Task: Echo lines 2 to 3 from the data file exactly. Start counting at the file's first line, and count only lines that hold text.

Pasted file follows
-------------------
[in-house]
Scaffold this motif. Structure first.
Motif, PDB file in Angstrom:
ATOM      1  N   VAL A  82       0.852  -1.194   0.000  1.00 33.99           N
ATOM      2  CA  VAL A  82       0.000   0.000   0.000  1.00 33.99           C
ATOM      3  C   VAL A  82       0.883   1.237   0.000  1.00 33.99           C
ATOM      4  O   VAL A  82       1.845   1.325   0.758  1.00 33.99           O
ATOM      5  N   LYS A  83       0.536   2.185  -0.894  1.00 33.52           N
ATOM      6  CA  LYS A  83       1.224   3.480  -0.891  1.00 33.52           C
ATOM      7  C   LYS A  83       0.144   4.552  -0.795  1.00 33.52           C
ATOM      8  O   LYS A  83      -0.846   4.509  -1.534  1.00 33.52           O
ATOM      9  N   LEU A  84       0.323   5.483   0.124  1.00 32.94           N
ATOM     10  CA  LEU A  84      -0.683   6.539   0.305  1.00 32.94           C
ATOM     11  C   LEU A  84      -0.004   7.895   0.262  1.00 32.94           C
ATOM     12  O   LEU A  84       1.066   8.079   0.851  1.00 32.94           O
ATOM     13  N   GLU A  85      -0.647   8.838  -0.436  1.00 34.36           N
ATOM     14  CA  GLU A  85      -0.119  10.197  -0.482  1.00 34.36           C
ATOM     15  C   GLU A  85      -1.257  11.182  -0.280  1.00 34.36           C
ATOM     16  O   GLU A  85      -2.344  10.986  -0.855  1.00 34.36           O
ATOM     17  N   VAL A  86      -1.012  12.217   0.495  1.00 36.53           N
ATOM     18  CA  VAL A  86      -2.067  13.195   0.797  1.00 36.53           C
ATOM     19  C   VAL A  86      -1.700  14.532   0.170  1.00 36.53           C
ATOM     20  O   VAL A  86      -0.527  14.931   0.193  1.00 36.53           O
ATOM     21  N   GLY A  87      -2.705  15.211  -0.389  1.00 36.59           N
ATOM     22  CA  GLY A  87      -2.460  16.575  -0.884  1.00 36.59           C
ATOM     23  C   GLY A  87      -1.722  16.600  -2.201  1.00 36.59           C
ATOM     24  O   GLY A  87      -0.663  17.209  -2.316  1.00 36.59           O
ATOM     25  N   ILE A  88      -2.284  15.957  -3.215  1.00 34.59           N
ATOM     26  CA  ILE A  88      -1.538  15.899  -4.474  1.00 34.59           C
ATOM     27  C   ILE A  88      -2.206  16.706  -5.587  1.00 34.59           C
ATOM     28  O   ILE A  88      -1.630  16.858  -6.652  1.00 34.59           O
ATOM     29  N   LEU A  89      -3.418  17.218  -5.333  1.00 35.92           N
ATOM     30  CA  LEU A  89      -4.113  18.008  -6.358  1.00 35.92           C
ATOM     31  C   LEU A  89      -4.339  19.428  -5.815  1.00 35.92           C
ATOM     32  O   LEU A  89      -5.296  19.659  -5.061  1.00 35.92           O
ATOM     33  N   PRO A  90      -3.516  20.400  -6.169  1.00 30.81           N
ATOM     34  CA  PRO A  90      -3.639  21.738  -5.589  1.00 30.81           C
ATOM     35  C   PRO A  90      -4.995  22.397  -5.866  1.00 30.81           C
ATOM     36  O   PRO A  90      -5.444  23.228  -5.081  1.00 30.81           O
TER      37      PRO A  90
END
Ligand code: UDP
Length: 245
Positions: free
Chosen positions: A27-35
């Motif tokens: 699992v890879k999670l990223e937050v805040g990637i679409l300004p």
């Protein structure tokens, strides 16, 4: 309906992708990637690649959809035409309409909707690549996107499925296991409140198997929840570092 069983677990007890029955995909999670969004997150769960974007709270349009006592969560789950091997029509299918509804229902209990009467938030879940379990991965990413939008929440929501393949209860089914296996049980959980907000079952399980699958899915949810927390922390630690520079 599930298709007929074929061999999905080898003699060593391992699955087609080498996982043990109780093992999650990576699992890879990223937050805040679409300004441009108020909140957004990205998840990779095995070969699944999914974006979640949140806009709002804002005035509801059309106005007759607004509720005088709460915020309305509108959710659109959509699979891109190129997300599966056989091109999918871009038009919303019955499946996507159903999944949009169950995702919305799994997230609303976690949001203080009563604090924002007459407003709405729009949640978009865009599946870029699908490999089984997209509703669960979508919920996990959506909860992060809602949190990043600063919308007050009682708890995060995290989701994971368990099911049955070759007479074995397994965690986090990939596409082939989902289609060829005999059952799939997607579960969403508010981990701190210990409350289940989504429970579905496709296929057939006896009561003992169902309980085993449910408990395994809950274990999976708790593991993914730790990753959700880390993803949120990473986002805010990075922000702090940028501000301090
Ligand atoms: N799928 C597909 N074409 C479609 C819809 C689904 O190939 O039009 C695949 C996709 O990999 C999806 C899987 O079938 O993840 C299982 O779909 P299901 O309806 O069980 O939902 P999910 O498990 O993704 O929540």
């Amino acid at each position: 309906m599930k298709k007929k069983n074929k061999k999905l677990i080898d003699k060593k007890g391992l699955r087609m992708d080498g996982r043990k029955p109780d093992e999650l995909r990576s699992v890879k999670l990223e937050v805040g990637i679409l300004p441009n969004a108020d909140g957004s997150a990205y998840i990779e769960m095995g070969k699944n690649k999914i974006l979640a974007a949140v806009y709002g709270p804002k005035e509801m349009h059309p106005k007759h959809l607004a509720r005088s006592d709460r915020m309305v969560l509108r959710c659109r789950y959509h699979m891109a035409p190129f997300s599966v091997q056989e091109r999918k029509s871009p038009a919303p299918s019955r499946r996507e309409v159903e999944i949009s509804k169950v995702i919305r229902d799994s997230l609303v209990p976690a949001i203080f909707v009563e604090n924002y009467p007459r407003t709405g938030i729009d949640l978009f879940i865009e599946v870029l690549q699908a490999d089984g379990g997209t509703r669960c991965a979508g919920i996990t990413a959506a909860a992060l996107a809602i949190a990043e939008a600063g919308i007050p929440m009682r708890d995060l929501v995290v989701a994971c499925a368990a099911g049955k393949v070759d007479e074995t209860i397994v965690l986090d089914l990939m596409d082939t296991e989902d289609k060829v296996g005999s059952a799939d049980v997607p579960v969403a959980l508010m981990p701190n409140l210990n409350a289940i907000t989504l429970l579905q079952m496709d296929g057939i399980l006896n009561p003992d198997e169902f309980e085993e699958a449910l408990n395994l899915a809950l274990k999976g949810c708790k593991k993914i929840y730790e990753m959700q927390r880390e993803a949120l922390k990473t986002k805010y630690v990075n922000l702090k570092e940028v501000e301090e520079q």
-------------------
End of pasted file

Scaffold this motif. Structure first.
Motif, PDB file in Angstrom: